Investors are always looking for growth in small-cap stocks like Dillard’s, Inc. (NYSE:DDS), with a market cap of US$1.7b. However, an important fact which most ignore is: how financially healthy is the business? Multiline Retail businesses operating in the environment facing headwinds from current disruption, even ones that are profitable, are more likely to be higher risk. So, understanding the company’s financial health becomes crucial. I believe these basic checks tell most of the story you need to know. Though, since I only look at basic financial figures, I recommend you dig deeper yourself into DDS here.
How does DDS’s operating cash flow stack up against its debt?
DDS has shrunken its total debt levels in the last twelve months, from US$818m to US$760m , which includes long-term debt. With this debt payback, the current cash and short-term investment levels stands at US$78m for investing into the business. Additionally, DDS has produced cash from operations of US$288m over the same time period, leading to an operating cash to total debt ratio of 38%, signalling that DDS’s current level of operating cash is high enough to cover debt. This ratio can also be a sign of operational efficiency as an alternative to return on assets. In DDS’s case, it is able to generate 0.38x cash from its debt capital.
Does DDS’s liquid assets cover its short-term commitments?
Looking at DDS’s US$1.5b in current liabilities, the company has maintained a safe level of current assets to meet its obligations, with the current ratio last standing at 1.49x. For Multiline Retail companies, this ratio is within a sensible range as there’s enough of a cash buffer without holding too much capital in low return investments.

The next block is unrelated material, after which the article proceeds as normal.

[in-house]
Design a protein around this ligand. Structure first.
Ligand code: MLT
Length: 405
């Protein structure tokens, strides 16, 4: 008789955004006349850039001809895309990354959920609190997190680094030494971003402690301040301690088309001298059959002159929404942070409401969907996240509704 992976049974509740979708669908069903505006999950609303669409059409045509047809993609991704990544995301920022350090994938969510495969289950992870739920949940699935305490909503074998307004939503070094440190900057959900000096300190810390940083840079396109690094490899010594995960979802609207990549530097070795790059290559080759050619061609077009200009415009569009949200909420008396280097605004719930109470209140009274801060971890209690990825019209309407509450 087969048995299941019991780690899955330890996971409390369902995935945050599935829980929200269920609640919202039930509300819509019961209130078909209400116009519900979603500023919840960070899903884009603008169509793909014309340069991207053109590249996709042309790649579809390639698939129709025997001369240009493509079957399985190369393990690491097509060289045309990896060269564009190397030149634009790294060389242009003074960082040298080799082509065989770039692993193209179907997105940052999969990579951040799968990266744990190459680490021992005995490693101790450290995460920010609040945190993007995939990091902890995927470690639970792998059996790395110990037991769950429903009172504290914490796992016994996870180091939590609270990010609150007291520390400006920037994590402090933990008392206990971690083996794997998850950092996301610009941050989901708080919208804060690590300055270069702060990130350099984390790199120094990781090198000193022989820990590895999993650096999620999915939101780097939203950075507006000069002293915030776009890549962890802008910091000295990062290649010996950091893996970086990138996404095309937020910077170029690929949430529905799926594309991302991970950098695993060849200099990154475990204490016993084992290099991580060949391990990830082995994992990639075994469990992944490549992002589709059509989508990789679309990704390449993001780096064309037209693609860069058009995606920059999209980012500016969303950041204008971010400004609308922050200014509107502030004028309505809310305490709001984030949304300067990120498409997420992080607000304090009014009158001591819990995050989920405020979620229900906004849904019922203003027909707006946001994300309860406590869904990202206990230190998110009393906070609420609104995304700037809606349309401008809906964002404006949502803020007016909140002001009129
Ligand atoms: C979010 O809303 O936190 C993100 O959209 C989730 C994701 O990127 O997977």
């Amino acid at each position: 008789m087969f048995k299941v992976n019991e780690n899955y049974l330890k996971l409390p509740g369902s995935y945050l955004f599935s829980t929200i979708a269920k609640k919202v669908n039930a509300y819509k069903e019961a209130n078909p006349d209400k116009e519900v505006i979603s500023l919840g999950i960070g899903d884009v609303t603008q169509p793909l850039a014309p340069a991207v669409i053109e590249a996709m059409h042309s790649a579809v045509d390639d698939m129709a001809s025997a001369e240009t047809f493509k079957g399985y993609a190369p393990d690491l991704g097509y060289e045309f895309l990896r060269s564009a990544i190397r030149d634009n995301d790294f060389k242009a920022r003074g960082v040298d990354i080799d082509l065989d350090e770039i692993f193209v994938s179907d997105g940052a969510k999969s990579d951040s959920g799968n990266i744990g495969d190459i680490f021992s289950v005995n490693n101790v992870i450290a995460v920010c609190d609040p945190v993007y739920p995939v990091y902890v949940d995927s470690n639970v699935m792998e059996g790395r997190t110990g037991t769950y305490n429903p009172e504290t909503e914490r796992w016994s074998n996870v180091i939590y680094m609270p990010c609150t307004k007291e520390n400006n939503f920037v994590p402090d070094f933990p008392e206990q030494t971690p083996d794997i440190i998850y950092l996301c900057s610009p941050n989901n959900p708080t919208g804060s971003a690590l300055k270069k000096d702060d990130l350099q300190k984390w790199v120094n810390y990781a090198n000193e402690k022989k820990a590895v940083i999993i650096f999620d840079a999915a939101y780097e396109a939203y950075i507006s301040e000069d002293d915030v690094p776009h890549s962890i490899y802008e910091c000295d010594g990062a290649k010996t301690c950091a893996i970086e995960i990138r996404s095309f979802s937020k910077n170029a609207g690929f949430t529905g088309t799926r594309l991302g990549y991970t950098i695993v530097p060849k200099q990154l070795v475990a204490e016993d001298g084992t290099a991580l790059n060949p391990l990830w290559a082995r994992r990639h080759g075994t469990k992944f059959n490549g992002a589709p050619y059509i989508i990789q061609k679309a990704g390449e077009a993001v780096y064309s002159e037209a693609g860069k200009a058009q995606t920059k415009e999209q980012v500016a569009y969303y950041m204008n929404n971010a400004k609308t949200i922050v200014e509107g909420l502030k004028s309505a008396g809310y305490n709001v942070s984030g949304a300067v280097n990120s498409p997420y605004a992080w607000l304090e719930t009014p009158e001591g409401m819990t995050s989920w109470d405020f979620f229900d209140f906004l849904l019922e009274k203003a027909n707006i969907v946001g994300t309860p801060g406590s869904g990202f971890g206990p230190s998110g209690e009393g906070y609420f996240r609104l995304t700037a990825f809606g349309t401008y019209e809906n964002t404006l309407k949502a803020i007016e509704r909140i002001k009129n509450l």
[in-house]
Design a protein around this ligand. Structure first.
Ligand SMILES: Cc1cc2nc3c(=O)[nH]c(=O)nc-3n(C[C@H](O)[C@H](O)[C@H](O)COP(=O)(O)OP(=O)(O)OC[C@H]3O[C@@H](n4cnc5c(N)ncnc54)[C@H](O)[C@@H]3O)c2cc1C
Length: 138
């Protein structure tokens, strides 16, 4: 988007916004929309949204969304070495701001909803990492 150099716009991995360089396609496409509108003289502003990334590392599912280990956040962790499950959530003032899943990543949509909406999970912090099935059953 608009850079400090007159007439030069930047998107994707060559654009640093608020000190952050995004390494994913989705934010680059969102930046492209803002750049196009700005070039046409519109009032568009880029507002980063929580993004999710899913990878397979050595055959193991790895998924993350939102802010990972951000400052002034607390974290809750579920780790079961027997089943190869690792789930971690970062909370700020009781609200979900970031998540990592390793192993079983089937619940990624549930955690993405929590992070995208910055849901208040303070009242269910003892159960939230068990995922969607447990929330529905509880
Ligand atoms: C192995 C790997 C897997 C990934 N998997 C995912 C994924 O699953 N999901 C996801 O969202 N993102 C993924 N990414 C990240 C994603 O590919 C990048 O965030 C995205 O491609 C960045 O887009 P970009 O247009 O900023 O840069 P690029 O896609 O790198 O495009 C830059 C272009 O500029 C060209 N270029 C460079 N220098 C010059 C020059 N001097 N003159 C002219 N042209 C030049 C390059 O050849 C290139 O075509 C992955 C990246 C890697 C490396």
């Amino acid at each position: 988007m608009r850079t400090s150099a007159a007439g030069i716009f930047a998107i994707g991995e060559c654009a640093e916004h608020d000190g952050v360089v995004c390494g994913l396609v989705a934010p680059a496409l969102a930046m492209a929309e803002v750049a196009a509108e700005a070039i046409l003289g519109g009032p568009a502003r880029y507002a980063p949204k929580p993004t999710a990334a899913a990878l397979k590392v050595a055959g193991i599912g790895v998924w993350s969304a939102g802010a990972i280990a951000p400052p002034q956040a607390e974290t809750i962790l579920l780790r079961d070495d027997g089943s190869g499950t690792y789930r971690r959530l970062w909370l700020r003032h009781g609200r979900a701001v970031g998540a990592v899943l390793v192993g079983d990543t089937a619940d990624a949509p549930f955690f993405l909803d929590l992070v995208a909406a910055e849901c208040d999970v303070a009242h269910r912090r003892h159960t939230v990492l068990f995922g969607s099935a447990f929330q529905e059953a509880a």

Can DDS service its debt comfortably?
DDS is a relatively highly levered company with a debt-to-equity of 47%. This is not unusual for small-caps as debt tends to be a cheaper and faster source of funding for some businesses. We can check to see whether DDS is able to meet its debt obligations by looking at the net interest coverage ratio. A company generating earnings before interest and tax (EBIT) at least three times its net interest payments is considered financially sound. In DDS’s, case, the ratio of 5.1x suggests that interest is appropriately covered, which means that lenders may be inclined to lend more money to the company, as it is seen as safe in terms of payback.
Although DDS’s debt level is towards the higher end of the spectrum, its cash flow coverage seems adequate to meet obligations which means its debt is being efficiently utilised. Since there is also no concerns around DDS’s liquidity needs, this may be its optimal capital structure for the time being. This is only a rough assessment of financial health, and I’m sure DDS has company-specific issues impacting its capital structure decisions. I suggest you continue to research Dillard’s to get a more holistic view of the small-cap by looking at:
- Future Outlook: What are well-informed industry analysts predicting for DDS’s future growth? Take a look at our free research report of analyst consensus for DDS’s outlook.
- Valuation: What is DDS worth today? Is the stock undervalued, even when its growth outlook is factored into its intrinsic value? The intrinsic value infographic in our free research report helps visualize whether DDS is currently mispriced by the market.
- Other High-Performing Stocks: Are there other stocks that provide better prospects with proven track records? Explore our free list of these great stocks here.
To help readers see past the short term volatility of the financial market, we aim to bring you a long-term focused research analysis purely driven by fundamental data. Note that our analysis does not factor in the latest price-sensitive company announcements.
The author is an independent contributor and at the time of publication had no position in the stocks mentioned. For errors that warrant correction please contact the editor at email@example.com.